Live Better. Love Better. Work Better.


Boundaries. We all have them, whether they be physical, emotional, mental, financial, professional, and/or social. They are the limits or guidelines that we set for ourselves and others for the way we want to be touched or in regards to our personal space, how we act and express ourselves, how we think and feel, our opinions and how we voice them, how we want to be treated, what we can afford to spend, and how much time we can give to others. Yet often times we struggle with knowing where the line lies, getting others to respect them, sticking to them ourselves, when our boundaries are being broached upon or pushed, or even creating or implementing them in the first place. It is often a difficult and challenging process to know what your boundaries are and where they lie, how to express and maintain them effectively, and how to get others to acknowledge and accept them as well.

Typically, we become aware of our boundaries when the “unknown” or unconscious line is crossed, we feel taken advantage of, walked all over, or disrespected in some way, or we reach a tipping point and have a “blow up” or “breakdown.” When our boundaries have been violated or we do not stick to them ourselves, it can cause feelings of anger, sadness, resentment, regret, disappointment, and/or anxiety, to name a few. It is much better for ourselves, and others, to become aware of where our boundaries lie, initiate and enforce them, and prevent negative situations or feelings from happening in the future.

Determine what your boundaries are. This can be a difficult or confusing process if you haven’t yet determined your own boundaries through trial and error or personal experience. It takes a significant amount of personal reflection, self-assessment, and understanding to be able to identify where your boundaries are for your, with other people, and in multiple situations and conditions. It can be helpful to seek out the assistance of a therapist to discuss scenarios, outcomes, emotions, etc., to help in determining boundaries.

Learn to say no. Once you know where your boundaries lie, you need to be able and feel comfortable in saying no to anything that crosses them or makes you feel uncomfortable. It can be difficult the first few times to have to turn someone or something down, but in time you will come to realize that it is actually much easier than you thought, will help you to maintain positive relationships, and will help you to feel more self-assured and confident. Knowing what you do and do not want, expressing it, and sticking up for yourself and your boundaries can be very empowering. It can help to take out a certain aspect of the uncertainty in how you interact with others, possible outcomes of scenarios or events, and what you might say or do, only allowing you to be more present and enjoy the moment.

Be consistent but flexible. In order for others to know and respect your boundaries, you need to be consistent in expressing them. If you are going back and forth, saying one thing but doing another, or not being true to yourself, it will be difficult for others to know where you stand and might cause others to push your boundaries to see where they truly are. But at the same time, boundaries are not black and white or one size fits all. You need to understand that your boundaries might need to be slightly flexible based on the people involved, the situation or circumstances, and your own thoughts and feelings, but in the end they should still be reflective of your core values, beliefs, and authentic to and representative of who you are.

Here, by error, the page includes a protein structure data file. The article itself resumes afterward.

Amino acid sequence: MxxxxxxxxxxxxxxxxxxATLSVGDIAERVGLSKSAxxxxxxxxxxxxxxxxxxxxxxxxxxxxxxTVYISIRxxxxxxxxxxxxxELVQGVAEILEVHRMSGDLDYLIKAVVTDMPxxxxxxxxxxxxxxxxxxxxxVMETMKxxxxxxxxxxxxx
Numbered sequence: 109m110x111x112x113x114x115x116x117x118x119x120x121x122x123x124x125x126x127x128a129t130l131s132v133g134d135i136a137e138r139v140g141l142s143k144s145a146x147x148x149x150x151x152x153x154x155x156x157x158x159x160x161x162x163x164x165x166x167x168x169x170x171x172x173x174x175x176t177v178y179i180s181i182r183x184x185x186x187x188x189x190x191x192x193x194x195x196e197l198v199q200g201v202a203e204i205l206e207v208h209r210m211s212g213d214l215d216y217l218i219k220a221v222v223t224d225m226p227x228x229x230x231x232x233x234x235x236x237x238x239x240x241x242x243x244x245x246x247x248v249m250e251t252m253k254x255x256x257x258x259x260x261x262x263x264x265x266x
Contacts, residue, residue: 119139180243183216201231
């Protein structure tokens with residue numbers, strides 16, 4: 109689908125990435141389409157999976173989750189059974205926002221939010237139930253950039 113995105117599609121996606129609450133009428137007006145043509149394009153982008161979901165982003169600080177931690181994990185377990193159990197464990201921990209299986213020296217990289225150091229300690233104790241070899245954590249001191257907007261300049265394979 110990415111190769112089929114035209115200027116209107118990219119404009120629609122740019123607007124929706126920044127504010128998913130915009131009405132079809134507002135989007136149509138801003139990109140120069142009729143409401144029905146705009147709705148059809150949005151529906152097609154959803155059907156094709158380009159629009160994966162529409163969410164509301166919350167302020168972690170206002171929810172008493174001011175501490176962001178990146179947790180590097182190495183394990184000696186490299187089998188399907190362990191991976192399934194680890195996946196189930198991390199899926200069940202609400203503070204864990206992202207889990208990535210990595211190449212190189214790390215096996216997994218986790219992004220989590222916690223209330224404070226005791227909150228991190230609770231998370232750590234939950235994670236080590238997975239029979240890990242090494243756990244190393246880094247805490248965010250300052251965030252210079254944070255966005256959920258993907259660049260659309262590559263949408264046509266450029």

Boundaries are an important tool that everyone needs to establish and maintain. They are very beneficial to ourselves and the people in our lives. If you feel you are struggling with knowing your own boundaries, initiating or sticking to them, or getting others to respect and accept them, please contact Symmetry Counseling today to schedule an appointment with a therapist who can help you through the process.

Symmetry Counseling Recent News Image 4
Recent Posts

How do I Communicate Better With my Partner?

Feb 20, 2024

Zoe Mittman, LSW   Do you and your partner find yourselves in the same conflict patterns? Are you feeling unheard, frustrated, or even resentful? If so, then this blog might be for you. Oftentimes, cycles of conflict occur due to…

Read More

Am I depressed? 

Jan 20, 2024

You may be reading this because you are wondering if you are experiencing depression. The National Institute of Mental Health (NIMH) defines depression as “a common but serious mood disorder. It causes severe symptoms that affect how a person feels,…

Read More

Body Image: Why is it so hard to like my body?

Jan 5, 2024

Written by Kara Thompson-Miller, Licensed Clinical Social Worker: January 2023   “Why is it so hard to like my body?”: A unassumingly complex question that has been asked by many clients in many different variations, but one that, nonetheless, tends…

Read More